Ivanpah Solar Power Facility
The Ivanpah Solar Electric Generating System is a concentrated solar thermal plant located in the Mojave Desert in the United States. The plant has a gross capacity of 392 MW, and it deploys 173,500 heliostats, each with two mirrors focusing solar energy on boilers located on three centralized solar power towers. With the plant’s installed capacity, it’s one of the world’s largest solar thermal power stations.
Solar Energy Generating Systems
Solar Energy Generating Systems (SEGS) consists of nine solar power plants in California’s Mojave Desert where insolation is among the best available in the United States. Initially, there was a plan to construct a tenth plant. But the developer, Luz Industries, filed for bankruptcy in 1992 because it was unable to secure construction financing. The combined capacity of all nine solar power plants is 354 MW, thus making SEGS as one of the world’s largest solar thermal energy generating facilities.
Longyangxia Dam Solar Power Park
The Longyangxia Dam is a concrete arch-gravity dam that was initially built for hydroelectric power generation, irrigation, ice control, and flood control. However, in 2013, a solar PV station was built, and this station, named the Longyangxia Dam Solar Power Park, was completed in 2015. The completed solar power park has an installed capacity of 850 MW, which can generate about 200,000 households. With this installed capacity, Longyangxia Dam Solar Park is considered as the world’s largest PV project.
Solar Star is a solar photovoltaic power station located in Rosamond, California. It is operated and maintained by SunPower Services, and it uses about 1.7 million solar panels, spread over a total area of 3,200 acres. These solar panels are form-factor, high-wattage, high-efficiency, higher-cost crystalline silicon modules that are mounted on single-axis trackers. When it was completed back in 2015, it was considered as the world’s largest solar farm with a generating capacity of 579 MW.
Topaz Solar Farm
The Topaz Solar Farm is a photovoltaic power station that is located in the San Luis Obispo County of California. This project cost around $2.5 billion, and it includes 9 million CdTe photovoltaic modules based on thin-film technology. Construction for this project began in November 2011 and ended on November 2014. With an installed capacity of 550 MW, the Topaz Solar Farm is considered one of the largest solar PV farms in the world.
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Nowadays, there are two technologies that dominate the solar power industry: the Concentrated Solar Power (CSP) and Photovoltaic (PV). These two may be similar in that they both use the sun in order to generate power. But beyond that, they are as different as can be.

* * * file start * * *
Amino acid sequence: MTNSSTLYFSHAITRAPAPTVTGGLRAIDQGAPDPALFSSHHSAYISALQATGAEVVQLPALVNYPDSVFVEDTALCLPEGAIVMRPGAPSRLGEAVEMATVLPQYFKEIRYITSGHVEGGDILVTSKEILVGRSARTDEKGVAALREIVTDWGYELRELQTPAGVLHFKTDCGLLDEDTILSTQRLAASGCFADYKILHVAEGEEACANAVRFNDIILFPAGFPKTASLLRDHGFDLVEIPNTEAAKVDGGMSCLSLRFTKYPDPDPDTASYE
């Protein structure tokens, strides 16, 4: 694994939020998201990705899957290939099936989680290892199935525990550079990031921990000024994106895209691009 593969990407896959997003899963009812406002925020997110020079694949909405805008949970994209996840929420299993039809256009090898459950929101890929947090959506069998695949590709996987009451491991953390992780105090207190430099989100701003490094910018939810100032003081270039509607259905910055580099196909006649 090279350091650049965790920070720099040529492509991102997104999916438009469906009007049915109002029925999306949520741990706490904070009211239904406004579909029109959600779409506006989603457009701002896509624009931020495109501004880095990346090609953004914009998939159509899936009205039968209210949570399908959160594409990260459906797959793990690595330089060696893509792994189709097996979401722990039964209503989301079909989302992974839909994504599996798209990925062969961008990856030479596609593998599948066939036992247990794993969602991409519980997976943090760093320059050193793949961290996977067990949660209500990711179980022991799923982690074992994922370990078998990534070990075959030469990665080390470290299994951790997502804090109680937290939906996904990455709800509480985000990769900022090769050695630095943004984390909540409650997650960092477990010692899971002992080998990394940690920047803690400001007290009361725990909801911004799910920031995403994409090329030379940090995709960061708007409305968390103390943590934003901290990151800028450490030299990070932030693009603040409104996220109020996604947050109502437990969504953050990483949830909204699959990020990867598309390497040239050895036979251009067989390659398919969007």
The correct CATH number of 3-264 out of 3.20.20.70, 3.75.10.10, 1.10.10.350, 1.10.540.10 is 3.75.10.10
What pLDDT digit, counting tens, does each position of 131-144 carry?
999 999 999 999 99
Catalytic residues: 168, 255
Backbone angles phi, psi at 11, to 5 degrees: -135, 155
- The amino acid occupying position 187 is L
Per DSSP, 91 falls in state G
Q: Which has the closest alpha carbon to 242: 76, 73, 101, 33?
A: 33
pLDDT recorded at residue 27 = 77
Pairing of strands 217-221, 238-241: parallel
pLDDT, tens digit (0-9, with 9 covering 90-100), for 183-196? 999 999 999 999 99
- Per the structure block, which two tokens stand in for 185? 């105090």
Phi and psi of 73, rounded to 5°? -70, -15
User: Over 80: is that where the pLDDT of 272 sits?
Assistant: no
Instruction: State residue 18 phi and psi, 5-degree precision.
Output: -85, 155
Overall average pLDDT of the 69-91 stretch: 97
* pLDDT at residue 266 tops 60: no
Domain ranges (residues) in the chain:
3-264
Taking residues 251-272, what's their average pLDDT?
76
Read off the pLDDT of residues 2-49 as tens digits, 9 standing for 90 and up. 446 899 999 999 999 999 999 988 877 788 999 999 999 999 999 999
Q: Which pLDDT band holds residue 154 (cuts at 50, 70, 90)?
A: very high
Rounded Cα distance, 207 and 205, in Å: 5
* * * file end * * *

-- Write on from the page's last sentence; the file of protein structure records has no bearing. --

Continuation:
To start with, CSP makes use of the sun’s radiation to heat a liquid substance that will then be used to drive a heat engine and drive an electric generator. Meanwhile, PV uses light through the “photovoltaic effect” — the absorbing of light which then leads to the breaking of the electrons — to generate an electric current.
Both CSP and PV have their own pros and cons. In terms of energy storage and efficiency, CSP is superior since it can store energy with the help of TES technologies. PV, on the other hand, is incapable of producing or storing thermal energy since they directly generate electricity. Aside from that, it’s also difficult to store electricity.
Although CSP is obviously the more efficient one in terms of energy saving, that doesn’t mean it’s the best option. Between the two, PV is cheaper, so energy investors are more inclined to use it than CSP. In other words, despite its advantages, CSP isn’t the favoured one.
However, all these debates — of which is better the option — are pointless because they don’t have to compete against each other. In fact, the world will be a better place if they actually work together. Hopefully, one of these days, a new technology for solar power will arise, and it will be a hybrid of the two.
Whatever the case, both CSP and PV are helpful in promoting the solar industry. They both made solar power possible, and they will be the reason why solar power will be here to stay.
The rise in the popularity of solar power energy comes with the expansion of the technologies associated with it. After all, once people realized that the sun can be used to generate electricity, they would understandably find ways on how to do it. And so far, there are two technologies that are used nowadays to generate solar power. These are the Concentrated Solar Power (CSP) and Photovoltaic (PV).